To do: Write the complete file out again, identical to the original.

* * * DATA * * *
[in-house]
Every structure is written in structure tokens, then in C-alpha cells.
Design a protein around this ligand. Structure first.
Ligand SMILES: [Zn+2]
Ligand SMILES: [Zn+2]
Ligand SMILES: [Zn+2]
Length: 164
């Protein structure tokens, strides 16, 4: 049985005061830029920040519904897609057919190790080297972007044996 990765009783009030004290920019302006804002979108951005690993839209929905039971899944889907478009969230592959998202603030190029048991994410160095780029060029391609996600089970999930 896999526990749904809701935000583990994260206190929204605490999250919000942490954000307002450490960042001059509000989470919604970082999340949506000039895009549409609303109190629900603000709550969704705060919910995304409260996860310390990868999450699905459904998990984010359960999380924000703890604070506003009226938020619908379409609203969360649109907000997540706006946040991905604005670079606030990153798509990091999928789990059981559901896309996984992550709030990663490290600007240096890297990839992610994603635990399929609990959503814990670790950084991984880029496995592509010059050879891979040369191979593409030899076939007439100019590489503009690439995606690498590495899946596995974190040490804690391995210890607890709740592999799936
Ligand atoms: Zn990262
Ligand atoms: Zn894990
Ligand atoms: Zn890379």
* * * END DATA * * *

[in-house]
Every structure is written in structure tokens, then in C-alpha cells.
Design a protein around this ligand. Structure first.
Ligand SMILES: [Zn+2]
Ligand SMILES: [Zn+2]
Ligand SMILES: [Zn+2]
Length: 164
């Protein structure tokens, strides 16, 4: 049985005061830029920040519904897609057919190790080297972007044996 990765009783009030004290920019302006804002979108951005690993839209929905039971899944889907478009969230592959998202603030190029048991994410160095780029060029391609996600089970999930 896999526990749904809701935000583990994260206190929204605490999250919000942490954000307002450490960042001059509000989470919604970082999340949506000039895009549409609303109190629900603000709550969704705060919910995304409260996860310390990868999450699905459904998990984010359960999380924000703890604070506003009226938020619908379409609203969360649109907000997540706006946040991905604005670079606030990153798509990091999928789990059981559901896309996984992550709030990663490290600007240096890297990839992610994603635990399929609990959503814990670790950084991984880029496995592509010059050879891979040369191979593409030899076939007439100019590489503009690439995606690498590495899946596995974190040490804690391995210890607890709740592999799936
Ligand atoms: Zn990262
Ligand atoms: Zn894990
Ligand atoms: Zn890379």